Strides have been made for the frontline treatment of patients with chronic lymphocytic leukemia (CLL), such as the shift from chemo immunotherapy to targeted agents, which have improved outcomes in this patient population.
With these specific treatments, quality of life has improved as well.
Dr. Seema Bhat, associate professor at The Ohio State University College of Medicine, presented findings of frontline therapy in patients with CLL at the Educated Patient® CLL Summit.
The presentation focused on the frontline treatment in patients with CLL.
Notably, all patients aren’t in need of treatment when they are diagnosed; patients who are in the early stages of their diagnosis and don’t have any early signs of disease may undergo observation, but might not require treatment. These patients are typically observed every couple of months,to check on specific symptoms and complete blood work, according to Bhat.
“On blood work, we pay more attention to the hemoglobin and the platelets. If they are going in reverse direction (they’re going down), then we are concerned and if any of these is changing, patients go to the next phase that starting treatment. If none of this is happening, patients continue with the observation and that can continue for a long time. But if at any point that changes, if patients have any disease related signs and symptoms fevers, chills, night sweats, unintentional weight loss, bulky lymph nodes, which are symptomatic, spleen, hemoglobin dropping or platelets dropping, then we call them the classic International Workshop on Chronic Lymphocytic Leukemia (iwCLL) criteria for treatment, then we consider those patients candidates for treatment and talk about treatment at that time,” explained Bhat.
Over the last couple of decades, the treatment paradigm has shifted in CLL, explained Bhat.
“A decade ago, frontline therapy was basically immunotherapy chemotherapy combined with (Rituximab [rituximab]) for younger patients — and by younger patients in the CLL field, meaning than 65 years of age (or younger). They were given a regimen called fludarabine, cyclophosphamide and (Rituxan) (FCR) and those older than 65 were given Treanda (bendamustine) plus (Rituxan), that was the standard treatment. And around the beginning of the 2010 decade, clinical trials were being conducted with BTK inhibitors and (Imbruvica [ibrutinib] . People are seeing phenomenonal responses in patients and that led to frontline treatments with these agents, which were actually compared to standard frontline chemo immunotherapies, both in the younger patients and older patients and in both the populations, the frontline beat chemo immunotherapy and that’s what is the standard now,” explained Bhat.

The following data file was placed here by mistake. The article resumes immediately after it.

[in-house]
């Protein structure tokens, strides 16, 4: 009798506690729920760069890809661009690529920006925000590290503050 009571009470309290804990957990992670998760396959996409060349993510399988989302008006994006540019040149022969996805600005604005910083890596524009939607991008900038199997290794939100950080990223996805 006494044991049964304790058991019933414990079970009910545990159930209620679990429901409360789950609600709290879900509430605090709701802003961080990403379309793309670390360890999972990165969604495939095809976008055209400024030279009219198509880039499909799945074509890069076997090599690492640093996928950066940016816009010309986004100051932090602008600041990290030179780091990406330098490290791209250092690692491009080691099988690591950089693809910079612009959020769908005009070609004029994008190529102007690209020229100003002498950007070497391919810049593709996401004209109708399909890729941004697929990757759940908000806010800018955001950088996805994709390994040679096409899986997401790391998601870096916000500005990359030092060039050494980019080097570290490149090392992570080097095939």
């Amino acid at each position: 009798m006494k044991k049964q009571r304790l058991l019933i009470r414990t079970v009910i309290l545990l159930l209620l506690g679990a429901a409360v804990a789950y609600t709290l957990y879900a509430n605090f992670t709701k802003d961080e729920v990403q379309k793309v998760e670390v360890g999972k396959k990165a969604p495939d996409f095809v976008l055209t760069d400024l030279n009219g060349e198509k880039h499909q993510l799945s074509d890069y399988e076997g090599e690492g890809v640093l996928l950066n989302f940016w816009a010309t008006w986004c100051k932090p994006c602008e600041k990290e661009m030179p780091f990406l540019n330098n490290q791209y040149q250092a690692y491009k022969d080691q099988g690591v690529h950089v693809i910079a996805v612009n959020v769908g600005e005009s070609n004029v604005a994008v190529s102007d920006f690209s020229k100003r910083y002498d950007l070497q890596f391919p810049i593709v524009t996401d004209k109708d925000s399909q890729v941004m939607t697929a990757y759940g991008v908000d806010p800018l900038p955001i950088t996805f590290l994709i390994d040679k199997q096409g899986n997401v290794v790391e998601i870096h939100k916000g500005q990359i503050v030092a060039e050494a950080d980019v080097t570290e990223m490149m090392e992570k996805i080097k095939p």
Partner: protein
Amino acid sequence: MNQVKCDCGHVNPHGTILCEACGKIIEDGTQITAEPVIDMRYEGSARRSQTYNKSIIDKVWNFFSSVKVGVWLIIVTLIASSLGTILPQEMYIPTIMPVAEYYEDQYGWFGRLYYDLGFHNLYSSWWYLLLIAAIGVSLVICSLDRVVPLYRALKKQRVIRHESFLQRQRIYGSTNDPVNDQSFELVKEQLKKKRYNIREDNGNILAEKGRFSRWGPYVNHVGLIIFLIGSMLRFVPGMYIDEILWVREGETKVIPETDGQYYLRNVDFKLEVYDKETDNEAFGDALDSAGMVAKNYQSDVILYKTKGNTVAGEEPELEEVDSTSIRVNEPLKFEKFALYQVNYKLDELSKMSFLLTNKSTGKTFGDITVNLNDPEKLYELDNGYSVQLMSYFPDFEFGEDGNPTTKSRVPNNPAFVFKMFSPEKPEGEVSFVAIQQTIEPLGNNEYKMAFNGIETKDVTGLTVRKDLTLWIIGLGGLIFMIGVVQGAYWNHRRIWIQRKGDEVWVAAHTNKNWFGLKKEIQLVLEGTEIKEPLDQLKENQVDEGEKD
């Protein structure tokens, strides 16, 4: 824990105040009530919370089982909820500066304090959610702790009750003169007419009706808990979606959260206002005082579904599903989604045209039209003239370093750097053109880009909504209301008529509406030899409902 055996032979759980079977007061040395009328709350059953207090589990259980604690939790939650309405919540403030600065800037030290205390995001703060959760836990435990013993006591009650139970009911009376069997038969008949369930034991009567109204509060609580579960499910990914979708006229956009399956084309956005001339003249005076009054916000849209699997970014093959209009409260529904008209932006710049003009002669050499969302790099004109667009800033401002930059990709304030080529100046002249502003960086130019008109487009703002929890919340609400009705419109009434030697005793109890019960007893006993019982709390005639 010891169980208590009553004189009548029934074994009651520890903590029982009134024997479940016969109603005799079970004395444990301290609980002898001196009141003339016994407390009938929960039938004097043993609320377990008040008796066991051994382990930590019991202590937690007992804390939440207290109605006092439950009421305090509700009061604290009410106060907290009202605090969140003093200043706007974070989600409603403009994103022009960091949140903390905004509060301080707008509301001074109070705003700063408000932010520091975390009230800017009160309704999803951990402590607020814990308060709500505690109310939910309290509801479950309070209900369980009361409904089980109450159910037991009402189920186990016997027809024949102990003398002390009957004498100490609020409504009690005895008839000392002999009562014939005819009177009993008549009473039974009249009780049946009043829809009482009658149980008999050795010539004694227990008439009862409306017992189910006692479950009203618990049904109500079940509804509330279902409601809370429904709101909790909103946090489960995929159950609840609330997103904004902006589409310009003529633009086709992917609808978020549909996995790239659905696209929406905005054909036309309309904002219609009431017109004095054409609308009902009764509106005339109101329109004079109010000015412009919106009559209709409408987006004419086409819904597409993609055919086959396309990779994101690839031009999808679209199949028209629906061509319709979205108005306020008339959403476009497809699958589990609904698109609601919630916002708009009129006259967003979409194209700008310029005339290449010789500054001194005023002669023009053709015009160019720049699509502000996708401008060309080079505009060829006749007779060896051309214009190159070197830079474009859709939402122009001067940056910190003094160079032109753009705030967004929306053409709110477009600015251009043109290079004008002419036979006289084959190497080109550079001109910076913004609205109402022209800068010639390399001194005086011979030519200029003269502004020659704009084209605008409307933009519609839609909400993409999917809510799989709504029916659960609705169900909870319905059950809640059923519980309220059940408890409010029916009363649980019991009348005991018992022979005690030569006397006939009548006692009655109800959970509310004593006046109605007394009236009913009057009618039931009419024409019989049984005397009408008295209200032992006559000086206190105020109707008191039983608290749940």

What used to be chemo immunotherapy treatment has turned into targeted agents, such as BTK and BCL2 inhibitors. These oral home-based regimens have led to improved responses and survival in patients with CLL and have improved quality of life as well, according to Bhat.
“We have these BTK inhibitors, which were compared head-to-head with these standard chemo immunotherapies. And then we also have another agent (Venclexta [venetoxlax]), which is a BCL2 inhibitor, which is given in combination with a monoclonal antibody and ICD 20, monoclonal antibody affinity of the map. And the difference is that here, it’s a fixed duration one year treatment compared to BTK inhibitors, which are indefinite,” explained Bhat.
Even with these improvements, researchers are still focusing on improving the frontline of treatment to better patients with CLL.
“One of the regiments, (Imbruvica) plus (Venclexta) has already been approved in Europe. And we are hoping that it will be approved through then in the United States, but there are multiple other clinical trials, similar clinical trials still ongoing,” stated Bhat.
Physicians and patients should discuss other diseases and risk factors when determining a treatment plan.
“We can guide the patient, knowing which treatment will be best for that particular patient, and we are moving more towards a personalized care for the patient. And that’s where shared decision making is very important that patients should be aware of the disease, ask appropriate questions and we work as a team,” Bhat noted.
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